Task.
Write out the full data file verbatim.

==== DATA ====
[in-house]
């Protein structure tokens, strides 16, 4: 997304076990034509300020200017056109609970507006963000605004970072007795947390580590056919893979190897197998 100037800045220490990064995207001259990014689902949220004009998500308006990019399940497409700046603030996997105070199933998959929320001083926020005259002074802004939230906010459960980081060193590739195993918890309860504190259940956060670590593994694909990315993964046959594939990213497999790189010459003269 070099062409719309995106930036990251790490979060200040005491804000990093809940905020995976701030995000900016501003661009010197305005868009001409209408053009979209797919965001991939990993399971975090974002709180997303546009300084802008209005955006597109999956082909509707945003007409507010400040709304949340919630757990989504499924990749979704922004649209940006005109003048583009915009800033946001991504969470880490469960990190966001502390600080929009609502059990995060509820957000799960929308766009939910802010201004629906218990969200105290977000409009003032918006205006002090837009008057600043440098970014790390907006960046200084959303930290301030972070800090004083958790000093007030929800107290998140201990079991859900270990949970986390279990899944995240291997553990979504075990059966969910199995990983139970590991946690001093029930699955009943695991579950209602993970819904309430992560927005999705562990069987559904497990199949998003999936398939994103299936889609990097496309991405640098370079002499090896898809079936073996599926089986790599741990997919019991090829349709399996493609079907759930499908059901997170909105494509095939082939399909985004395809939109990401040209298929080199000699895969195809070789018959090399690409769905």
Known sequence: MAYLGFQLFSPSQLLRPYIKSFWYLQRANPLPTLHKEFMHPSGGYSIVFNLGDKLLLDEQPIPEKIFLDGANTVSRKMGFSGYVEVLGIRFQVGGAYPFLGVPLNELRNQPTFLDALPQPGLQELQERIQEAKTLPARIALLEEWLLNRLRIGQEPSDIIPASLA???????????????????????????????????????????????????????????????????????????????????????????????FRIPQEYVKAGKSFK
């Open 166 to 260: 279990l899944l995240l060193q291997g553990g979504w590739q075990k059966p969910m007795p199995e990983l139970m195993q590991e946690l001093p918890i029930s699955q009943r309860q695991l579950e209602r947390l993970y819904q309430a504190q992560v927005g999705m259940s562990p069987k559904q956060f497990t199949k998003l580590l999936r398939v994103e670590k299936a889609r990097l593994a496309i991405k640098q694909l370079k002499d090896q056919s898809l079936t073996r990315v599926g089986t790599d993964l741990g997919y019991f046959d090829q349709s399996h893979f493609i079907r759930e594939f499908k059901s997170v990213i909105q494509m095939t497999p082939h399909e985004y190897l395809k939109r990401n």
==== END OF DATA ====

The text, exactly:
[in-house]
């Protein structure tokens, strides 16, 4: 997304076990034509300020200017056109609970507006963000605004970072007795947390580590056919893979190897197998 100037800045220490990064995207001259990014689902949220004009998500308006990019399940497409700046603030996997105070199933998959929320001083926020005259002074802004939230906010459960980081060193590739195993918890309860504190259940956060670590593994694909990315993964046959594939990213497999790189010459003269 070099062409719309995106930036990251790490979060200040005491804000990093809940905020995976701030995000900016501003661009010197305005868009001409209408053009979209797919965001991939990993399971975090974002709180997303546009300084802008209005955006597109999956082909509707945003007409507010400040709304949340919630757990989504499924990749979704922004649209940006005109003048583009915009800033946001991504969470880490469960990190966001502390600080929009609502059990995060509820957000799960929308766009939910802010201004629906218990969200105290977000409009003032918006205006002090837009008057600043440098970014790390907006960046200084959303930290301030972070800090004083958790000093007030929800107290998140201990079991859900270990949970986390279990899944995240291997553990979504075990059966969910199995990983139970590991946690001093029930699955009943695991579950209602993970819904309430992560927005999705562990069987559904497990199949998003999936398939994103299936889609990097496309991405640098370079002499090896898809079936073996599926089986790599741990997919019991090829349709399996493609079907759930499908059901997170909105494509095939082939399909985004395809939109990401040209298929080199000699895969195809070789018959090399690409769905």
Known sequence: MAYLGFQLFSPSQLLRPYIKSFWYLQRANPLPTLHKEFMHPSGGYSIVFNLGDKLLLDEQPIPEKIFLDGANTVSRKMGFSGYVEVLGIRFQVGGAYPFLGVPLNELRNQPTFLDALPQPGLQELQERIQEAKTLPARIALLEEWLLNRLRIGQEPSDIIPASLA???????????????????????????????????????????????????????????????????????????????????????????????FRIPQEYVKAGKSFK
């Open 166 to 260: 279990l899944l995240l060193q291997g553990g979504w590739q075990k059966p969910m007795p199995e990983l139970m195993q590991e946690l001093p918890i029930s699955q009943r309860q695991l579950e209602r947390l993970y819904q309430a504190q992560v927005g999705m259940s562990p069987k559904q956060f497990t199949k998003l580590l999936r398939v994103e670590k299936a889609r990097l593994a496309i991405k640098q694909l370079k002499d090896q056919s898809l079936t073996r990315v599926g089986t790599d993964l741990g997919y019991f046959d090829q349709s399996h893979f493609i079907r759930e594939f499908k059901s997170v990213i909105q494509m095939t497999p082939h399909e985004y190897l395809k939109r990401n």